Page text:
United States-based pharmaceutical company Moderna announced on Monday that a booster shot of its vaccine raised the level of antibodies against the Omicron variant of the coronavirus.

In a statement, Moderna said that the currently authorised booster dose of 50 micrograms of its vaccine increased the level of antibodies by roughly 37-fold. A full dose of 100 micrograms was even more effective, raising antibody levels about 83-fold compared to pre-boost levels, the company added.

It is not clear what the results mean in ascertaining how well the booster shots can work against the Omicron variant. The data has also not yet been peer reviewed.

But, Moderna’s Chief Executive Officer Stephane Bancel described the data as “reassuring”.

The Omicron variant is spreading fast across the world. The World Health Organization had said on December 17 that number of cases of the variant is doubling in 1.5 to 3 days in areas with community transmission. The new strain has been detected in 89 countries as of December 16, according to the global health body.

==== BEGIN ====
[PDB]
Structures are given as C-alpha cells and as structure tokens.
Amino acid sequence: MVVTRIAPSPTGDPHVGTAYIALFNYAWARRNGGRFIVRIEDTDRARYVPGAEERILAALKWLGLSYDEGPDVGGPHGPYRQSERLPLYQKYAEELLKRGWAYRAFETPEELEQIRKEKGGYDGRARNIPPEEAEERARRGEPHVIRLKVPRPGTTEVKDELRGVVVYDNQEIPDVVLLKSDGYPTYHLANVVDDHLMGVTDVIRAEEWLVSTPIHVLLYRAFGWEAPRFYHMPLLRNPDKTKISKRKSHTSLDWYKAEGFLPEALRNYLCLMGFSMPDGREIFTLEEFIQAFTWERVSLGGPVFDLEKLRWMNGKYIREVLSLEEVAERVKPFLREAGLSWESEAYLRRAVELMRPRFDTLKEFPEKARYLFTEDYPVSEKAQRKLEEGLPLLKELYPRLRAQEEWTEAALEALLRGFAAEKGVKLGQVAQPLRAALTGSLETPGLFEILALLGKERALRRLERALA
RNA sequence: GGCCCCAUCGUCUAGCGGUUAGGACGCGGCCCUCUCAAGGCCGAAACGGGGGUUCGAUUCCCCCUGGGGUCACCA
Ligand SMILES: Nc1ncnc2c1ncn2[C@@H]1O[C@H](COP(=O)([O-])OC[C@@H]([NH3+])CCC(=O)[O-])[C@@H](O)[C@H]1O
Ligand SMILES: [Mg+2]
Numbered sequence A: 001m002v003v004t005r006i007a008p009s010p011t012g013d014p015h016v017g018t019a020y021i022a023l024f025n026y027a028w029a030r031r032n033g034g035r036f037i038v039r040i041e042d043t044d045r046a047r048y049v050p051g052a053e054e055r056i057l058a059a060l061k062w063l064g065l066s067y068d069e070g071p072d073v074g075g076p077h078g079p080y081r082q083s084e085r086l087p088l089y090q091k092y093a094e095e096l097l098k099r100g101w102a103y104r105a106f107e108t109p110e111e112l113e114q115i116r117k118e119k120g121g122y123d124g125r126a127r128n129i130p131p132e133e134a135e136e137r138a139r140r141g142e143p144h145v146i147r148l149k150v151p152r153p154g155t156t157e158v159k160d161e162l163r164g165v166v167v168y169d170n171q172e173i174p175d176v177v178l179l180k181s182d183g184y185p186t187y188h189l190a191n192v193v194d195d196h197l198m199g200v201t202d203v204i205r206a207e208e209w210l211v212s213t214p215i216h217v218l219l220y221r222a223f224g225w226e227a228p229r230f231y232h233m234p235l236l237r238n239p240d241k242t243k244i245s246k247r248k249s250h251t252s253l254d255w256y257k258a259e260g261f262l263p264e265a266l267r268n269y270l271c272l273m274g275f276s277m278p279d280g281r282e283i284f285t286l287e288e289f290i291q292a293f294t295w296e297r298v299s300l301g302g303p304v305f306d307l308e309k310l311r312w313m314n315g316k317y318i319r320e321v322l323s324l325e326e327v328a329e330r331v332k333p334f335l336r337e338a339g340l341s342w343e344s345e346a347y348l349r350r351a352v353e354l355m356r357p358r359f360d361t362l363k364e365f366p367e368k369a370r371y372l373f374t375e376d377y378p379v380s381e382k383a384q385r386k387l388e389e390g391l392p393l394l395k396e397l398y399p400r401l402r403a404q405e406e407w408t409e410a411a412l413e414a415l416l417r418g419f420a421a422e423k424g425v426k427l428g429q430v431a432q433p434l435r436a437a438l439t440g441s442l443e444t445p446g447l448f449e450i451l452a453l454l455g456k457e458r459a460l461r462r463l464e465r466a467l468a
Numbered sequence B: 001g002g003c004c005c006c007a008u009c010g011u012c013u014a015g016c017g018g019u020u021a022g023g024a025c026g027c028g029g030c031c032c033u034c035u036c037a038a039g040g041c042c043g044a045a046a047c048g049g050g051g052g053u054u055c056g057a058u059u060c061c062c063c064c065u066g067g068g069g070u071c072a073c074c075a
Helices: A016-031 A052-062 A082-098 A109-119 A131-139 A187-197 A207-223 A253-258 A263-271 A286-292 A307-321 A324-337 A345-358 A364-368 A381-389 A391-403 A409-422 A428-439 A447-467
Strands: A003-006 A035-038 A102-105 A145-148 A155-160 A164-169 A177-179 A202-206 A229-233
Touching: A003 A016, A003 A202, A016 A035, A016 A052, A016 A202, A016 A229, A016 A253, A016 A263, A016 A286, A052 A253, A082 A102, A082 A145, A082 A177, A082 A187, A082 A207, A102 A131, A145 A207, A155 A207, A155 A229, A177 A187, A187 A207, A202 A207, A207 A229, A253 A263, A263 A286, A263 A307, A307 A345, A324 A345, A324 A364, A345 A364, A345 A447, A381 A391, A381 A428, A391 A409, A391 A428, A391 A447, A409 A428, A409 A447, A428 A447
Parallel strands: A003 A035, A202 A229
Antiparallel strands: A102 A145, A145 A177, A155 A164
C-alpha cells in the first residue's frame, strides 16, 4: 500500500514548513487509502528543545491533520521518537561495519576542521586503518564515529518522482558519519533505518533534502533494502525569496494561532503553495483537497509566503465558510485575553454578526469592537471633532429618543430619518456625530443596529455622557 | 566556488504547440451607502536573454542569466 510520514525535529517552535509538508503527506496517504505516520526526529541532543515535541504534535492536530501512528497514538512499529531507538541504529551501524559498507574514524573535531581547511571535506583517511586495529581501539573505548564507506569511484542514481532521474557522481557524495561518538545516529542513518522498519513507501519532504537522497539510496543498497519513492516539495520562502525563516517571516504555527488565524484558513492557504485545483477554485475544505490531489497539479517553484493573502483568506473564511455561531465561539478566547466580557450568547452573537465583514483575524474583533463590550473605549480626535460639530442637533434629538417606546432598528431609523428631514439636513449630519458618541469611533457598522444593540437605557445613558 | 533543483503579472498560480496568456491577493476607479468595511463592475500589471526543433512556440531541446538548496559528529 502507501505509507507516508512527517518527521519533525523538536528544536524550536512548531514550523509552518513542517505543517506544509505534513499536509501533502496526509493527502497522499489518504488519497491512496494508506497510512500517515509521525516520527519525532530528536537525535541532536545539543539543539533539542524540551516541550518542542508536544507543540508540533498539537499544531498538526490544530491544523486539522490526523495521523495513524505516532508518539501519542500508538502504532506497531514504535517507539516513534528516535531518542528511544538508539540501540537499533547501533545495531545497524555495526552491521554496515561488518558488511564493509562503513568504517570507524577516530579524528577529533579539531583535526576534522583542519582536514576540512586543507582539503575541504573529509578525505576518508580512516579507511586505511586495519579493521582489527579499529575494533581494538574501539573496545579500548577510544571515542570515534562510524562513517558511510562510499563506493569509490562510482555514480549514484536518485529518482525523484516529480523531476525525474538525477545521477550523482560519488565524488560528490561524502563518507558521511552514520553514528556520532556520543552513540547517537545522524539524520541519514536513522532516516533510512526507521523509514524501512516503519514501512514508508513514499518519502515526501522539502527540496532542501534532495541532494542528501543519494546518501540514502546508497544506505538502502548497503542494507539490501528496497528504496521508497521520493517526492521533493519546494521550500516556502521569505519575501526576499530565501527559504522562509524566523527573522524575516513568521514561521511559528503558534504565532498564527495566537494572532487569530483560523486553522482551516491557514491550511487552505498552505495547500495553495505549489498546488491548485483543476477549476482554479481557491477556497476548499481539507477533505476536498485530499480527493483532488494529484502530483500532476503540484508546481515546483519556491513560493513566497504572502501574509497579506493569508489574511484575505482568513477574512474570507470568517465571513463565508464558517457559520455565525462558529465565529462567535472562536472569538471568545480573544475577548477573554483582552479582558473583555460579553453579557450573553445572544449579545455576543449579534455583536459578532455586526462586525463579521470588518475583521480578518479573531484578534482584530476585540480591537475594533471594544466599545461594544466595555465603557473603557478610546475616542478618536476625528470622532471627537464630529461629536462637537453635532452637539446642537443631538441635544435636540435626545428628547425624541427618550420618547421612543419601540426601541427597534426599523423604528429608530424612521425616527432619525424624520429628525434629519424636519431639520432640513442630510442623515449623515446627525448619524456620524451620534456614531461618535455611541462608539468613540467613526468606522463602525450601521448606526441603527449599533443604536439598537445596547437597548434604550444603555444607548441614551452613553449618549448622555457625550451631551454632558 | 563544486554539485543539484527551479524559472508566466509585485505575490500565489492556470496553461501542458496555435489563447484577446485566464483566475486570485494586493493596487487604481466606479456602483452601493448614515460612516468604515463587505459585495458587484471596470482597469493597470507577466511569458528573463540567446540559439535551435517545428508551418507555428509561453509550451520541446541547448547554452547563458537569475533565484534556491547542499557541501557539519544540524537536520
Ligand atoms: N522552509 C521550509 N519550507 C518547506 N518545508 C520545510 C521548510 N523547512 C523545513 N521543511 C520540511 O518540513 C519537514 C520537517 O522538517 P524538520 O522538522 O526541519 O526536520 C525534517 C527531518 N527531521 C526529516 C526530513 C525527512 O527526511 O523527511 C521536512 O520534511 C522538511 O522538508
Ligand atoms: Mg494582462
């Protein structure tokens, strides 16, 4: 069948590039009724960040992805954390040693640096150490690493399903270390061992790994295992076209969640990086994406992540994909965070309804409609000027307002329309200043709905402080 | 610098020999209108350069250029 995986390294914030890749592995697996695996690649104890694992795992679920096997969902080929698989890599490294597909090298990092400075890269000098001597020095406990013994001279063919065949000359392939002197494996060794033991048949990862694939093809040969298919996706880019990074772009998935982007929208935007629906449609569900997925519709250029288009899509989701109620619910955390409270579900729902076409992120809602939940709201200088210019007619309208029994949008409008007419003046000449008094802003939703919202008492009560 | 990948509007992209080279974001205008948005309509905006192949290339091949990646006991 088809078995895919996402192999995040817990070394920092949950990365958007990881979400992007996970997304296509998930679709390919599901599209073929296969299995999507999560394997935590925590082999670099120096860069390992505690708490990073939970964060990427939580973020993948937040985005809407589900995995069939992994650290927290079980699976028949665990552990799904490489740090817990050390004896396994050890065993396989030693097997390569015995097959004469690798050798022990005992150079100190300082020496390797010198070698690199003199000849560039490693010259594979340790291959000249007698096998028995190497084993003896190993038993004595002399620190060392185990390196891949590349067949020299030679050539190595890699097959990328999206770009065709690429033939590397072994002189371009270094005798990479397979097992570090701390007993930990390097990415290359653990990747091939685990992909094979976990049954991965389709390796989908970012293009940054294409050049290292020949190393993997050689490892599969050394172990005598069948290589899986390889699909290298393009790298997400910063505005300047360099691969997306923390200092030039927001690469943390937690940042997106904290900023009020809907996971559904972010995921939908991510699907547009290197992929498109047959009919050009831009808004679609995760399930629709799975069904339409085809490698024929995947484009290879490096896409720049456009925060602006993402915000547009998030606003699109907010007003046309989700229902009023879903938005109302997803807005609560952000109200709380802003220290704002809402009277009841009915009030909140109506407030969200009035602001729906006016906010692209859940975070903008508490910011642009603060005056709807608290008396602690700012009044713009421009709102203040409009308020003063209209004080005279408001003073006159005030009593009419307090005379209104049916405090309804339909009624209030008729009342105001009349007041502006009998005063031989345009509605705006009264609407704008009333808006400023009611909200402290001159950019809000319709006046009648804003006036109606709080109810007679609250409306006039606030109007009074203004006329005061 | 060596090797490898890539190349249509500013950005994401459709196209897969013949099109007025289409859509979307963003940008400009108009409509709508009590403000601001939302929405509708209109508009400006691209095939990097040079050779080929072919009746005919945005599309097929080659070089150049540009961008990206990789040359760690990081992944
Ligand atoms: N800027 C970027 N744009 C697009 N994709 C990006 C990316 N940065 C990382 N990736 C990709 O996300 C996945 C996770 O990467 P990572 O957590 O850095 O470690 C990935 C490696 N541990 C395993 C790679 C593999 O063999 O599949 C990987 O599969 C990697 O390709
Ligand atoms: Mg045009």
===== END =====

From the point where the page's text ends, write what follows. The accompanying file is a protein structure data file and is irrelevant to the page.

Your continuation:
In its statement, Moderna said it was assessing the booster shots in a study comprising approximately 300 to 600 participants. The results were based on samples of 20 participants who each received the booster shots of 50 and 100 micrograms.

The company was also testing the effectiveness of Omicron-specific vaccine candidates. The statement said that the vaccine candidates showed similar efficacy.

It added that the 100 microgram booster dose of its authorised vaccine was safe and well tolerated.

“The frequency and nature of solicited systemic and local adverse events seven days after receiving a booster were generally comparable to those seen after the two-dose primary series,” the statement said. “There was a trend toward slightly more frequent adverse reactions following the 100 µg booster dose relative to the authorized 50 µg booster dose of mRNA-1273 [authorised vaccine].”

The company said that it will continue to develop an Omicron-specific variant vaccine.

“We will also continue to generate and share data across our booster strategies with public health authorities to help them make evidence-based decisions on the best vaccination strategies against SARS-CoV-2,” Bancel said.

In the US, regulators had approved the 50 microgram booster of Moderna’s vaccine in October. The first two shots of its vaccine are both 100 micrograms.

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